What’s needed, of course, is an overarching idea, or set of ideas, to serve as a framework for the countless “provoking artifacts” and “succession of individual careers” that comprise modernism. The obvious framework, of course, is the clichéd view of modernism as “revolutionary art” that pops up out of nowhere and flings itself against “static bourgeois resistance.” To his credit, Levenson rejects this view in favor of a broader conception, namely that the multiple innovations of early modernism were part of an “oppositional culture” that, rather than pose an external challenge to late 19th-century bourgeois society, were an organic part of it. Modernism, he says, was an expression, albeit indirect, of the “thrusting and ambitious” dynamism of that same society.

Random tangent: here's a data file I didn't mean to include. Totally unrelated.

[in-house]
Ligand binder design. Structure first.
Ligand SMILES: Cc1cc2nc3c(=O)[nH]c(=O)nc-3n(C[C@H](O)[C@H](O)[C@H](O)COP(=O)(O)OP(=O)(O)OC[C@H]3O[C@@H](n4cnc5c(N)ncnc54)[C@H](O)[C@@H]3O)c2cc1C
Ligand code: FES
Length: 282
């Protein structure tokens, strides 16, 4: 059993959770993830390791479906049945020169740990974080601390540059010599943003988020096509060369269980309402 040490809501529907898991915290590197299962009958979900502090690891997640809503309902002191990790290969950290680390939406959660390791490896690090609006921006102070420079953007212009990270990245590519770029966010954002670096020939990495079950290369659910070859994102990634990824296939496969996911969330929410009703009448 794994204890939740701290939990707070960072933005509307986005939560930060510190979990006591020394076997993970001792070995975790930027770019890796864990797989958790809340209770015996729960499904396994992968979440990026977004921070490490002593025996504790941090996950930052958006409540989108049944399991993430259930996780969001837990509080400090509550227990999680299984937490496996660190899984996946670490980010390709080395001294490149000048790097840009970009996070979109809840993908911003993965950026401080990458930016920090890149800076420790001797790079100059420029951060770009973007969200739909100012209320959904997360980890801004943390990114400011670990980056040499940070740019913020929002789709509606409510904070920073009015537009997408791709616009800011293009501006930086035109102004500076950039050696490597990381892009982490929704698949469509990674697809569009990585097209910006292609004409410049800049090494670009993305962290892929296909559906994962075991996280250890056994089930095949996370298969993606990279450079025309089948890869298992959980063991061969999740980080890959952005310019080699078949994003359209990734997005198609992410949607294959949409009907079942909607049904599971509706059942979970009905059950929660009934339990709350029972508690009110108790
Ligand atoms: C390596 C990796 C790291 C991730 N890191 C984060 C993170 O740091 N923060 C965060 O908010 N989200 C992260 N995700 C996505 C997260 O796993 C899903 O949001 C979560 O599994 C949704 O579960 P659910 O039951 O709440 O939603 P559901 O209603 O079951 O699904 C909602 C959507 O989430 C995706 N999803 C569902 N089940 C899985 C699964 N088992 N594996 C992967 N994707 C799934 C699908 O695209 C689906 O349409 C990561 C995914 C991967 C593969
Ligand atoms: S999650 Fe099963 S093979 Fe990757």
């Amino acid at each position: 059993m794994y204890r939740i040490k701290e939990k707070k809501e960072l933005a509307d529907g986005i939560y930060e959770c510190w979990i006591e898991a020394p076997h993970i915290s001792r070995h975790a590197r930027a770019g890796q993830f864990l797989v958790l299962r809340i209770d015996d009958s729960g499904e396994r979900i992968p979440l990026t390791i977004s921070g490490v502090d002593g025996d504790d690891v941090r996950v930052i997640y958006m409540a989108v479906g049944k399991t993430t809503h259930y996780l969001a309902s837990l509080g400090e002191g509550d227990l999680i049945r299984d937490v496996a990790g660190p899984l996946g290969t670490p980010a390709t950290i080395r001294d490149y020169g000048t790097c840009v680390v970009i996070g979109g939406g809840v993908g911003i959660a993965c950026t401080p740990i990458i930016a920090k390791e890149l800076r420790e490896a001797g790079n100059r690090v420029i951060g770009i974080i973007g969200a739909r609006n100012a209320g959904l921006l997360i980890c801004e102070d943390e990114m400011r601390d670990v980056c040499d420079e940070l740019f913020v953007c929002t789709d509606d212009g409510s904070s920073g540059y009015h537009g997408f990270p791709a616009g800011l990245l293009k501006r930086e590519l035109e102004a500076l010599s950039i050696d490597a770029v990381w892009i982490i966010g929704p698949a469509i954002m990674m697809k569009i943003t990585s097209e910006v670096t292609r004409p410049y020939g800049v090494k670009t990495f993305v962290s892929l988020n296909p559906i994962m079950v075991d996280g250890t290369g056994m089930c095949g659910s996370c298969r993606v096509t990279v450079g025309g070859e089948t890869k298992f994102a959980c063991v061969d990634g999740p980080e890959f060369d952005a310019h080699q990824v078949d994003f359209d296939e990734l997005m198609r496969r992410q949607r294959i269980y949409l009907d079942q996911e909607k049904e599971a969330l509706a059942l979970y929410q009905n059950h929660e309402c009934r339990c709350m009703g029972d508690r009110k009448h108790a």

This is what the Marxists argue, I know. But as it happens, they are right. Objectively speaking, the changes wrought by industrialization, urbanization, railroads, telegraph and telephone, newspapers, and post-Darwinian positivism were far more disruptive to traditional beliefs and customs than anything occurring on the canvas, page, or stage. Indeed, so disruptive were these changes, the wealthy bourgeoisie created an idealized domestic sphere—tranquil, comfortable, refined, and virtuous—to serve as a bulwark against them. The trouble was, that domestic sphere proved stifling to many of its occupants, especially the women who were expected to preside over it, and thus the bourgeoisie became a ready market for the shocks and thrills imagined by artists.